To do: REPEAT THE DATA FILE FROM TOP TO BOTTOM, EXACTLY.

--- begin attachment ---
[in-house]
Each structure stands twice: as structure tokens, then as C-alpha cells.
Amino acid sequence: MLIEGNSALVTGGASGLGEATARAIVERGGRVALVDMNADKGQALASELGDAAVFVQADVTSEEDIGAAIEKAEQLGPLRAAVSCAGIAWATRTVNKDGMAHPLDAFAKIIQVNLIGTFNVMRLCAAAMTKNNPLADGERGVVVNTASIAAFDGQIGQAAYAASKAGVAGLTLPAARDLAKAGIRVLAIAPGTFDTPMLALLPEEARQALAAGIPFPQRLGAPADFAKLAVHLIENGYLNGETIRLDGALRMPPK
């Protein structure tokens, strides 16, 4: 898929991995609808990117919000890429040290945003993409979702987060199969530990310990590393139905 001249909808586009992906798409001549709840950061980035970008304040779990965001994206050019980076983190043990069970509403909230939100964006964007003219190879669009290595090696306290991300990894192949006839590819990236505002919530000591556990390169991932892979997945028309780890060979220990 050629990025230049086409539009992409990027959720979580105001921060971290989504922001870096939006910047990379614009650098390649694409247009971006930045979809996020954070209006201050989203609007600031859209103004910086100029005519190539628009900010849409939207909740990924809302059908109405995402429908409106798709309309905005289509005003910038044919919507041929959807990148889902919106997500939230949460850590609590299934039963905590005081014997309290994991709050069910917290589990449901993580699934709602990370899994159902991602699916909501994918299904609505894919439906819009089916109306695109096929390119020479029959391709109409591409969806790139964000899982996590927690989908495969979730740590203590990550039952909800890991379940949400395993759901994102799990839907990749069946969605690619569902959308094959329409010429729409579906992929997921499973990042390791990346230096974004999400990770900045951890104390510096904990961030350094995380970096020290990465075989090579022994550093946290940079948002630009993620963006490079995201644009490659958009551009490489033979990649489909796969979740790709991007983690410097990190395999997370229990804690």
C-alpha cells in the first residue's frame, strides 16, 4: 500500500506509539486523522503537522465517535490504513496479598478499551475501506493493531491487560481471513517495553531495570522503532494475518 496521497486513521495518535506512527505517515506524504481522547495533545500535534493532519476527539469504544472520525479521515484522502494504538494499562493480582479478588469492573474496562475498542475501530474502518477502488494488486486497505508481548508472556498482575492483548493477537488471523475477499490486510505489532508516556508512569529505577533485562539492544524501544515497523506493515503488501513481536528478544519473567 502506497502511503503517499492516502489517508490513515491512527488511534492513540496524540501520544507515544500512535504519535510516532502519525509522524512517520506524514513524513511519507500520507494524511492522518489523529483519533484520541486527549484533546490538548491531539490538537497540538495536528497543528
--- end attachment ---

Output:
[in-house]
Each structure stands twice: as structure tokens, then as C-alpha cells.
Amino acid sequence: MLIEGNSALVTGGASGLGEATARAIVERGGRVALVDMNADKGQALASELGDAAVFVQADVTSEEDIGAAIEKAEQLGPLRAAVSCAGIAWATRTVNKDGMAHPLDAFAKIIQVNLIGTFNVMRLCAAAMTKNNPLADGERGVVVNTASIAAFDGQIGQAAYAASKAGVAGLTLPAARDLAKAGIRVLAIAPGTFDTPMLALLPEEARQALAAGIPFPQRLGAPADFAKLAVHLIENGYLNGETIRLDGALRMPPK
């Protein structure tokens, strides 16, 4: 898929991995609808990117919000890429040290945003993409979702987060199969530990310990590393139905 001249909808586009992906798409001549709840950061980035970008304040779990965001994206050019980076983190043990069970509403909230939100964006964007003219190879669009290595090696306290991300990894192949006839590819990236505002919530000591556990390169991932892979997945028309780890060979220990 050629990025230049086409539009992409990027959720979580105001921060971290989504922001870096939006910047990379614009650098390649694409247009971006930045979809996020954070209006201050989203609007600031859209103004910086100029005519190539628009900010849409939207909740990924809302059908109405995402429908409106798709309309905005289509005003910038044919919507041929959807990148889902919106997500939230949460850590609590299934039963905590005081014997309290994991709050069910917290589990449901993580699934709602990370899994159902991602699916909501994918299904609505894919439906819009089916109306695109096929390119020479029959391709109409591409969806790139964000899982996590927690989908495969979730740590203590990550039952909800890991379940949400395993759901994102799990839907990749069946969605690619569902959308094959329409010429729409579906992929997921499973990042390791990346230096974004999400990770900045951890104390510096904990961030350094995380970096020290990465075989090579022994550093946290940079948002630009993620963006490079995201644009490659958009551009490489033979990649489909796969979740790709991007983690410097990190395999997370229990804690």
C-alpha cells in the first residue's frame, strides 16, 4: 500500500506509539486523522503537522465517535490504513496479598478499551475501506493493531491487560481471513517495553531495570522503532494475518 496521497486513521495518535506512527505517515506524504481522547495533545500535534493532519476527539469504544472520525479521515484522502494504538494499562493480582479478588469492573474496562475498542475501530474502518477502488494488486486497505508481548508472556498482575492483548493477537488471523475477499490486510505489532508516556508512569529505577533485562539492544524501544515497523506493515503488501513481536528478544519473567 502506497502511503503517499492516502489517508490513515491512527488511534492513540496524540501520544507515544500512535504519535510516532502519525509522524512517520506524514513524513511519507500520507494524511492522518489523529483519533484520541486527549484533546490538548491531539490538537497540538495536528497543528